Nick Rees, National After Sales Manager at Baxi Heating, outlines five key considerations which should be made prior to the commissioning process to help prolong the life of a commercial boiler and ensure it complies with warranty terms and conditions.

Commissioning is a vital part of any commercial heating installation in order to ensure optimum performance, efficiency, and energy savings. After all, a heating system will only perform as it should if it is installed, commissioned, and maintained correctly, regardless of its efficiency credentials.

The boiler commissioning process consists of a series of installation, safety, operation, performance, and failure checks. This includes ensuring the boiler is installed in accordance to the manufacturer instructions. It should produce the specified output, efficiency, and emissions levels; and the system should respond in a safe and controlled manner during failures or shutdowns. Crucially though, it is important to remember that commissioning is actually a legal requirement to ensure adherence to Building Regulations and gas safety guidelines.

Complete pre-commissioning checks

The commissioning process normally falls down if contractors and end-users fail to complete important pre-commissioning checks. These inspections ensure it is safe and appropriate to commission, whether it is the contractor completing the procedure or the manufacturer. The checklist includes assessing whether the installation has been completed by a competent and, importantly, Gas Safe-registered engineer. Also, that there is sufficient fuel supply (gas pressure) and system load for the boilers to run. Often, commissioning stalls due to a lack of gas or system load to enable the boilers to be run sufficiently to enable commissioning. Checking if there are any restrictions or inductions associated with being on-site is also crucial.

Most manufacturers will supply a pre-commissioning checklist for the product being installed on request or via their website, and this should be completed before they can arrange to attend the site to commission the boiler. At Potterton Commercial, a commissioning engineer will always check everything on this checklist is complete before starting the commissioning process. Skipping steps prior to commissioning will always be noticed, and any other issues with the installation may be identified which could potentially prevent the commissioning taking place. This could cause unnecessary delays and additional costs for the customer/contractor.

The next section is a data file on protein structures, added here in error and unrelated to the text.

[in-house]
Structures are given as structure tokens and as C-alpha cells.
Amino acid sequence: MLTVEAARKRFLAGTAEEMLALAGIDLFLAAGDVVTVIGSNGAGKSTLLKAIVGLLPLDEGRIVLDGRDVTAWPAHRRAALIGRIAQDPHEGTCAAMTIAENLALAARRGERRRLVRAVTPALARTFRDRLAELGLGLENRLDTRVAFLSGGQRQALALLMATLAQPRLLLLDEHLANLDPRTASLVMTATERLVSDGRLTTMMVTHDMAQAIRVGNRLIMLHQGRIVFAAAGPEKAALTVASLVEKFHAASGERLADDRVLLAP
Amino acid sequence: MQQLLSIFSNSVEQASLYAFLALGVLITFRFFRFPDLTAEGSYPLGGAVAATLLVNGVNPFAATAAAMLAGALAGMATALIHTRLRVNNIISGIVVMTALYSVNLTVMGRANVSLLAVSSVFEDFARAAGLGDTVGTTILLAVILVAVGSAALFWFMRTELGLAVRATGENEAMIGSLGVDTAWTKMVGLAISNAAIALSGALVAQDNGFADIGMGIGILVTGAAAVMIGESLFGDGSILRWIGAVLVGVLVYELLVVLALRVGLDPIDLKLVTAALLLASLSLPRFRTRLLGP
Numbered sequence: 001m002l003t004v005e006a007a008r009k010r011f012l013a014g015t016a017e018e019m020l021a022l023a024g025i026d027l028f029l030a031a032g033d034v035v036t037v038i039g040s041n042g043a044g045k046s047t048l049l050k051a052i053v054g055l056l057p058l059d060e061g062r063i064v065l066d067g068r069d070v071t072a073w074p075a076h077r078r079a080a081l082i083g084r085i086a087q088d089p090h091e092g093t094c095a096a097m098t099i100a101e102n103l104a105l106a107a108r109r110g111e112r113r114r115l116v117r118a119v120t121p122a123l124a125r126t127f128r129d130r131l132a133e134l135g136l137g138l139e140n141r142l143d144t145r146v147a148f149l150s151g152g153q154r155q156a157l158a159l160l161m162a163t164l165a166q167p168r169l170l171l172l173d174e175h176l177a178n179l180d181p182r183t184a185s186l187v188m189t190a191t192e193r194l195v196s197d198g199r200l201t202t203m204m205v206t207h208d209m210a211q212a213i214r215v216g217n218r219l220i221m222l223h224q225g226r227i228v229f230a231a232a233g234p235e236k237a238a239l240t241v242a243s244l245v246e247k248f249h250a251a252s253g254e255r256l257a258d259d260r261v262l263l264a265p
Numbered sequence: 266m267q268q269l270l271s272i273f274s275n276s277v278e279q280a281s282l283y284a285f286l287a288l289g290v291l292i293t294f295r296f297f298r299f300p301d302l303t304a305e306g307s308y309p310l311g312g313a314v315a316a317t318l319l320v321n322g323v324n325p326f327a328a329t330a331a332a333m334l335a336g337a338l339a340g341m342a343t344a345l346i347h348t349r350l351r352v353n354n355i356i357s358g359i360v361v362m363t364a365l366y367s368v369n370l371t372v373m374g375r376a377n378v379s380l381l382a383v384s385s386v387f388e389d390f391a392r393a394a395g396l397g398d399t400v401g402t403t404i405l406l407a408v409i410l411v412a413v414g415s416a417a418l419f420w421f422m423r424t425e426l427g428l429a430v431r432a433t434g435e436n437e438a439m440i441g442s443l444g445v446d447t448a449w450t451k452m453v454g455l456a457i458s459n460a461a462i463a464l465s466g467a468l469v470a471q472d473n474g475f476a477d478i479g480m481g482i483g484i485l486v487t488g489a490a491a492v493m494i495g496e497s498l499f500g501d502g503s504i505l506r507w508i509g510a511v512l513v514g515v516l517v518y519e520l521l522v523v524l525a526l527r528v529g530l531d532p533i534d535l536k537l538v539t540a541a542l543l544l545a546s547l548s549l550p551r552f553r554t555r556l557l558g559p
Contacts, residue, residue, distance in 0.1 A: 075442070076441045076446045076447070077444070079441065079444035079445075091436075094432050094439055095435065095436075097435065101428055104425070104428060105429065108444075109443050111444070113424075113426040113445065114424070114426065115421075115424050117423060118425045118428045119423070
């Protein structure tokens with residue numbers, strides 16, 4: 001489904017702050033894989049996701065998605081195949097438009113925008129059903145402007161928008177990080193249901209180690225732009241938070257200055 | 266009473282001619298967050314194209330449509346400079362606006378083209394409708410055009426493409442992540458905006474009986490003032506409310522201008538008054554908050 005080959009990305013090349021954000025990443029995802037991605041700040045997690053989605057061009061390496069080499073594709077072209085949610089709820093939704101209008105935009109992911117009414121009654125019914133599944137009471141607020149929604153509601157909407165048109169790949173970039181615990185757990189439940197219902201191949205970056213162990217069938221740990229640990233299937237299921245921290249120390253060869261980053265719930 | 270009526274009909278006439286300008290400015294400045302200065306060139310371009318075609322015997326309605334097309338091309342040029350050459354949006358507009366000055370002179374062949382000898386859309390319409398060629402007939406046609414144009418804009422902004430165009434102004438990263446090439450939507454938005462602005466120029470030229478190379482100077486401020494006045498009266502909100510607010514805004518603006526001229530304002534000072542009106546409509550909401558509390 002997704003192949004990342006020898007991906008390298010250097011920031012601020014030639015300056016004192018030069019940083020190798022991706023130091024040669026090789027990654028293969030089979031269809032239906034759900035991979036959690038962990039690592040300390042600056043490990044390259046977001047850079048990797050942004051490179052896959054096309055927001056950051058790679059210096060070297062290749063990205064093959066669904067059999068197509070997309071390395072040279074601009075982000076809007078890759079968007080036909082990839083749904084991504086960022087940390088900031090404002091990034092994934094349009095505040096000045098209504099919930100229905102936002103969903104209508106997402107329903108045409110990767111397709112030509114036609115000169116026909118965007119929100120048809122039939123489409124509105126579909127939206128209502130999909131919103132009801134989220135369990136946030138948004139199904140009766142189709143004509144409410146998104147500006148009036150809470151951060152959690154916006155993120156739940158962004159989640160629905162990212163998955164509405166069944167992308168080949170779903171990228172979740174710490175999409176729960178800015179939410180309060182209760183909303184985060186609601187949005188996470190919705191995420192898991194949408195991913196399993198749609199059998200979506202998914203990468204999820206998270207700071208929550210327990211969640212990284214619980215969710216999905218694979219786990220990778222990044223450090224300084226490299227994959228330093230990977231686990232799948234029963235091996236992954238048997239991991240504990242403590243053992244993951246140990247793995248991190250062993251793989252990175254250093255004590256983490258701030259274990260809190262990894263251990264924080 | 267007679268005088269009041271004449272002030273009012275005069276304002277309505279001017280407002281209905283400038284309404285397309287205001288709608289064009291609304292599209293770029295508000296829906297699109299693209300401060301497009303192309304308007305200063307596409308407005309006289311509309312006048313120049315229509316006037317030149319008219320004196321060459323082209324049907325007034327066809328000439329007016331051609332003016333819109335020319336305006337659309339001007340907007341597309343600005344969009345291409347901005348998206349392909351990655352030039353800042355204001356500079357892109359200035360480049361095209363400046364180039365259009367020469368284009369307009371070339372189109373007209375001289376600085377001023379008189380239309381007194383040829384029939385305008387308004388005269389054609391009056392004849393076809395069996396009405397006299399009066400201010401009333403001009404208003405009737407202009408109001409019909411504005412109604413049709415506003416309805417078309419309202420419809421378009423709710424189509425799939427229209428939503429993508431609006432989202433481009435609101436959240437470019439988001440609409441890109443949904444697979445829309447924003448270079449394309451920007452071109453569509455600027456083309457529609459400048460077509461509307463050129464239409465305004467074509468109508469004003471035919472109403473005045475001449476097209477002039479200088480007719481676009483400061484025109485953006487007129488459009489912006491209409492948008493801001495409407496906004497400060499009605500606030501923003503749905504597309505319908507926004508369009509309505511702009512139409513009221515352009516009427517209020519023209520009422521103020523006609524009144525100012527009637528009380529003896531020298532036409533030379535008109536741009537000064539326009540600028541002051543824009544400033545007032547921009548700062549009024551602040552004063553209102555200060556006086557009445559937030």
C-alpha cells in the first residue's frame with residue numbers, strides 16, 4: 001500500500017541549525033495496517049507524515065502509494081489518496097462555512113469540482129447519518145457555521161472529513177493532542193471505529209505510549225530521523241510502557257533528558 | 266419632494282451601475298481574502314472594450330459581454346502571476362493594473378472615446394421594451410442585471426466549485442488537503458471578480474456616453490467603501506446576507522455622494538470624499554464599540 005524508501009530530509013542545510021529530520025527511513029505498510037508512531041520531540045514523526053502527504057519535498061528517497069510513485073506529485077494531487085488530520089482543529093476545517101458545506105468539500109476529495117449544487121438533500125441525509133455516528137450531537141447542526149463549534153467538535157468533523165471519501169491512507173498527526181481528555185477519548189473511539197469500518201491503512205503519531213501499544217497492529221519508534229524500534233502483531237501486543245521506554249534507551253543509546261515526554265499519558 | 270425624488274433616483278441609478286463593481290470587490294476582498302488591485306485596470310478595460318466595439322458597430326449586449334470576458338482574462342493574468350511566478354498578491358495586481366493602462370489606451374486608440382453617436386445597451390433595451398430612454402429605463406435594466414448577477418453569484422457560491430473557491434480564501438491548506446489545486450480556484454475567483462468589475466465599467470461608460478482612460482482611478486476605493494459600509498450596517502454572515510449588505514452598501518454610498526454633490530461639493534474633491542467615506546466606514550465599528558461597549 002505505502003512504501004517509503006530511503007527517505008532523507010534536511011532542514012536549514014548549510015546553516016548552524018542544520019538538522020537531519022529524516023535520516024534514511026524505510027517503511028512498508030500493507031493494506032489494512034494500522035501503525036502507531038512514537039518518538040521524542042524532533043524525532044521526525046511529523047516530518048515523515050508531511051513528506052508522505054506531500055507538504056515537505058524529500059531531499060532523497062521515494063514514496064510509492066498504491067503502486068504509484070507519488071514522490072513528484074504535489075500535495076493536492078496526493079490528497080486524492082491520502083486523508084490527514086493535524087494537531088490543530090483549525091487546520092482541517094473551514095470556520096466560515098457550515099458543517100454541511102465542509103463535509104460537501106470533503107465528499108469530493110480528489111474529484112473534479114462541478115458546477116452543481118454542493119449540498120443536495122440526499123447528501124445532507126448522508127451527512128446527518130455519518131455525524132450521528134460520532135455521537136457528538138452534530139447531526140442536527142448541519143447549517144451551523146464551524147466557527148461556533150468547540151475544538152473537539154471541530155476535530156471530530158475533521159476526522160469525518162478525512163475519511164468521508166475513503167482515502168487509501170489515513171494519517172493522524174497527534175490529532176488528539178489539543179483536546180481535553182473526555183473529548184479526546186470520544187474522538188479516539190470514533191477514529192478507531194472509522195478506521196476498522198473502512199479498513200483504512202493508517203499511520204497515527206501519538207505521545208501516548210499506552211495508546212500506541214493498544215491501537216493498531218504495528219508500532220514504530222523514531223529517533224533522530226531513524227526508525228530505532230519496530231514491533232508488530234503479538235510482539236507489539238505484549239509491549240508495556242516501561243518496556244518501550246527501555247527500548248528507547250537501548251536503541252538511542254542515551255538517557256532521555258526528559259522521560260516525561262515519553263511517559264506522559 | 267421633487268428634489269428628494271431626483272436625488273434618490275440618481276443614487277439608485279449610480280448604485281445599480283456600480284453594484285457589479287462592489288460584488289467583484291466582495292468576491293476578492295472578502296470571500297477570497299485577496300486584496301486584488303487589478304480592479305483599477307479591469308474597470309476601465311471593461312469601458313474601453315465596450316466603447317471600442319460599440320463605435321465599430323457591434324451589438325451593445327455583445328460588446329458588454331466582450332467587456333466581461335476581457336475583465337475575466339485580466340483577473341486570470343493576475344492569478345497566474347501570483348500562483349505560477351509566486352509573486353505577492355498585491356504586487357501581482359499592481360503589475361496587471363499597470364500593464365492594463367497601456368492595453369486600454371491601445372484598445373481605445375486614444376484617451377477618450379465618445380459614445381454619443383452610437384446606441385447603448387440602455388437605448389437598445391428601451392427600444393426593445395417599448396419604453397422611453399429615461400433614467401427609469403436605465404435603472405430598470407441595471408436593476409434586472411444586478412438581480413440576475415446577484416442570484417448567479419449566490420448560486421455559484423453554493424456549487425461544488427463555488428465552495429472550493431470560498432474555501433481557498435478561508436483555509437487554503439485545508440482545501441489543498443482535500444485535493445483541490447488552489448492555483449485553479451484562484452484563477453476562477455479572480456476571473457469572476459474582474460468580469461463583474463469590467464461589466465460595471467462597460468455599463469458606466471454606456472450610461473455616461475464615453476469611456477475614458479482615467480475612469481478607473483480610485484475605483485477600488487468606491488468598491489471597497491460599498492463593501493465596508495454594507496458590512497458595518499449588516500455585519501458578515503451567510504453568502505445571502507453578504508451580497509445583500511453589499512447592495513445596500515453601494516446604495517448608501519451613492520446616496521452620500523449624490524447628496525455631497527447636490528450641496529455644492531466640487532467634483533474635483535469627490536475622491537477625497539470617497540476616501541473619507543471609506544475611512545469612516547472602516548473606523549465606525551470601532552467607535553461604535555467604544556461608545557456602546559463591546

Get your paperwork in order

At Potterton Commercial, we aim to attend site and commission a heating appliance as soon as possible after its installation, at a date which is convenient for the client. After all, the quicker the commissioning is done, the quicker the heating system can be up and running. The problem with commercial boiler installations is that you often don’t know when they’re going to be ready, so it can be difficult to get commissioning booked in well ahead of time.

In the interest of making the process as swift as possible, contractors can prepare in a number of ways before they call the manufacturer to arrange commissioning of the product. These include providing the manufacturer with the order no. for the appliance, its serial number, and obtaining permission for the manufacturer to attend site at a required date.